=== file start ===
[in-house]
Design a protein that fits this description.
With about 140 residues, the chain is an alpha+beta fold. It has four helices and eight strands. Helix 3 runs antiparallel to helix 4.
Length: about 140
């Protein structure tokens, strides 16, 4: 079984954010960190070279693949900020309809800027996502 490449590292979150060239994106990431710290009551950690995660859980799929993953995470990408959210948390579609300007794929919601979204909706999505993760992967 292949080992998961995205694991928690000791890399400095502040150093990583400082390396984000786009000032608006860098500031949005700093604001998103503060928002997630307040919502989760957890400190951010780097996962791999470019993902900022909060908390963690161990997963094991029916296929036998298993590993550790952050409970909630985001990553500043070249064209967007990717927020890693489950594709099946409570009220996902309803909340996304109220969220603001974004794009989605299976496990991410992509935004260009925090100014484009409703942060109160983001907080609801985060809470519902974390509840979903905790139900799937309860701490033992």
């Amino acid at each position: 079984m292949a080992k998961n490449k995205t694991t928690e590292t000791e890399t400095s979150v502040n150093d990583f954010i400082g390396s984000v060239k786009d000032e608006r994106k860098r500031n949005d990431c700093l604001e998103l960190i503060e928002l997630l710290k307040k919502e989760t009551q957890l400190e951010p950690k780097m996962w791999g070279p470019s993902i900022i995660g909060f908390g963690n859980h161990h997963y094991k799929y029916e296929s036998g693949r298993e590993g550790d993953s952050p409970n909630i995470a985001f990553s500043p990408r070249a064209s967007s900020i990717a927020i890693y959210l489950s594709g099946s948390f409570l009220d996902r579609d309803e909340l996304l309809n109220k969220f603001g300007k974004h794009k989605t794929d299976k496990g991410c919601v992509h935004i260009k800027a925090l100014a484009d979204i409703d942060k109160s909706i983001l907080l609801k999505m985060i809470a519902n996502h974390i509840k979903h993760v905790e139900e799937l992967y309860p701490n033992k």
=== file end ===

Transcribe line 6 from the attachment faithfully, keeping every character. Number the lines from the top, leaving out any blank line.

């Amino acid at each position: 079984m292949a080992k998961n490449k995205t694991t928690e590292t000791e890399t400095s979150v502040n150093d990583f954010i400082g390396s984000v060239k786009d000032e608006r994106k860098r500031n949005d990431c700093l604001e998103l960190i503060e928002l997630l710290k307040k919502e989760t009551q957890l400190e951010p950690k780097m996962w791999g070279p470019s993902i900022i995660g909060f908390g963690n859980h161990h997963y094991k799929y029916e296929s036998g693949r298993e590993g550790d993953s952050p409970n909630i995470a985001f990553s500043p990408r070249a064209s967007s900020i990717a927020i890693y959210l489950s594709g099946s948390f409570l009220d996902r579609d309803e909340l996304l309809n109220k969220f603001g300007k974004h794009k989605t794929d299976k496990g991410c919601v992509h935004i260009k800027a925090l100014a484009d979204i409703d942060k109160s909706i983001l907080l609801k999505m985060i809470a519902n996502h974390i509840k979903h993760v905790e139900e799937l992967y309860p701490n033992k």